There are many inventors who came, saw and left their marks on history. However, seeing that are so many, many inventors, some have been left to take the back burner to the rest. They should not be recognized only because of the things they created, but they were an oppressed people, who tried to make the best of a racially biased world. Here are three of those gentlemen who fall in this particular category.
This inventor was born in Rio de Janeiro, Brazil in the year 1838. He became an engineer after his many years of training at the Military School of Rio de Janeiro and after his studies in Europe. During the Paraguayan war of 1864, he was appointed the post of lieutenant in the engineering corps and this was around the time he developed his first invention. Naval ships were getting more advanced as time went by, so Reboucas managed to create a projectable device that was also immersible, with the purpose of creating an explosion when it hits a ship. We now know it as the torpedo.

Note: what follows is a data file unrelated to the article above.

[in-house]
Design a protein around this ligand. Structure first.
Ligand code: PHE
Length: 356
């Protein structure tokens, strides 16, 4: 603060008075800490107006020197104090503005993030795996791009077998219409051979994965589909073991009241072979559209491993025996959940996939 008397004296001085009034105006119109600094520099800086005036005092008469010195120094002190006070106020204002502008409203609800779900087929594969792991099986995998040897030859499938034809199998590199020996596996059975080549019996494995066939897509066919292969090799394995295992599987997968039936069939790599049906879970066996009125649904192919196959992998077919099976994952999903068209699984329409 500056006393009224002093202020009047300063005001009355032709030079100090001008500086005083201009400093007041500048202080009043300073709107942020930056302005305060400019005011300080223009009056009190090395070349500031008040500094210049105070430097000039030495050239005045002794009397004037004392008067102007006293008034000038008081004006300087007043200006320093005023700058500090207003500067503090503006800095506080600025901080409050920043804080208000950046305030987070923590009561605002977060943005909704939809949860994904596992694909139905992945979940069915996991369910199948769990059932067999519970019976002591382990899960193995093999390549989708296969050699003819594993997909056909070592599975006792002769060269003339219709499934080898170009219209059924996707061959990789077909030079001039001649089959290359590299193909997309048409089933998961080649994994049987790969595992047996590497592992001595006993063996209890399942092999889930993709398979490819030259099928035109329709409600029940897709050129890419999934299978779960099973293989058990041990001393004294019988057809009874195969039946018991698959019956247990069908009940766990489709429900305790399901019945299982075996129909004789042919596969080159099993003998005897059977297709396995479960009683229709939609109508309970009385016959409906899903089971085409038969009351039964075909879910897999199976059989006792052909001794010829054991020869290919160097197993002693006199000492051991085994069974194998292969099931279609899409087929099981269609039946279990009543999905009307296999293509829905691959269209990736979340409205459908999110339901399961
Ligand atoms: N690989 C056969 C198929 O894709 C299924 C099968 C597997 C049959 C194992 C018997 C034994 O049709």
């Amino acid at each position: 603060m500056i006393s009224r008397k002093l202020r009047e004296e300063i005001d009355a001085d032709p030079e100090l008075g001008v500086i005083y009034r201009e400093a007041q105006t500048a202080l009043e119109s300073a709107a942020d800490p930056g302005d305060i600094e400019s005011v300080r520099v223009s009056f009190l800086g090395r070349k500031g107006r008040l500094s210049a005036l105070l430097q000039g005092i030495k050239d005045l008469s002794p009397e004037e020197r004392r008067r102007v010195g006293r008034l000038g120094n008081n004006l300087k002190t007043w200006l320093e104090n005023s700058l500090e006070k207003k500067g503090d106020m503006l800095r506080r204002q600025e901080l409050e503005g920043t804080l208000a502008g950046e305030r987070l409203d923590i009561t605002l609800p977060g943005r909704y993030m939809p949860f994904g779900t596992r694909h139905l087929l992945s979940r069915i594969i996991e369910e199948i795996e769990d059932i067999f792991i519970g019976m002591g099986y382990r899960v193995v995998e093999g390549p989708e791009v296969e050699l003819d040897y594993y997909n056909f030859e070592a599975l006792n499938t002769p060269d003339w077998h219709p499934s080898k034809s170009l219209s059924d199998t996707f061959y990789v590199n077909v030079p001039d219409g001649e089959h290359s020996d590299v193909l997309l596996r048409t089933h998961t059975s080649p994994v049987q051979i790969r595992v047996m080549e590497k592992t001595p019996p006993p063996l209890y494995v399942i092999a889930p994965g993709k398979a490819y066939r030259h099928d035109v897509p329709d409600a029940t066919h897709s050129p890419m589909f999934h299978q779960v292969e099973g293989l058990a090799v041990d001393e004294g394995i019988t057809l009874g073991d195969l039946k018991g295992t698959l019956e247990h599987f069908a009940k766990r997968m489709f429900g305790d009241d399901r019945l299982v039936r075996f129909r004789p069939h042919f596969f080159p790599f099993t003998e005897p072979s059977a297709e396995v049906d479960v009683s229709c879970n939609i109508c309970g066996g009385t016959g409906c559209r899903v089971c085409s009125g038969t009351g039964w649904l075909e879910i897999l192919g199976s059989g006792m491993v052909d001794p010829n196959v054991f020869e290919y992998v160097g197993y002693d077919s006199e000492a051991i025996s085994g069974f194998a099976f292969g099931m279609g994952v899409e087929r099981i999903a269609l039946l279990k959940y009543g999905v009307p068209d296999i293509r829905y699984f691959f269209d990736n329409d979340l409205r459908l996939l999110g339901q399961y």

Born on the 13th of December 1882, Brooks eventually became a pioneer in his own right when he invented the street sweeper truck and later patented it in March 17, 1896. The idea came about when Brooks as going over the fact that the streets were being cleaned manually by brooms and such and workers had to get up close and personal with trash. His invention was comprised of broom-like brushes which pushed debris to the side of the road. However, this invention was not given a warm welcome seeing that many of the manual street sweepers were worried about their jobs and citing that they could do a better job. But time went by a cities got larger with even bigger streets so the street sweeper eventually found its place and is now indispensable.
Born named George Speck in 1822, he worked as a trapper and mountain guide in the Adirondack Mountains of New York. Later in 1853 he was appointed as head chef for the Cary Moon’s Lake House in Lake Saratoga, New York. One evening he was preparing dinner and decided to make French fries but the guests complained that they were too thick. Getting a bit annoyed, Crum tried another patch slicing the potato very thin and deep fried them. He noticed they came out very crisp and he added salt to them. This was the birth of the potato chip. He went to open his own restaurant and added these chips as an appetizers to meals and they did quite well. However, the invention was never patented so it was eventually mas marketed by many others, transforming into the multi-million dollar industry it is today and also one of the all-time greatest snack foods.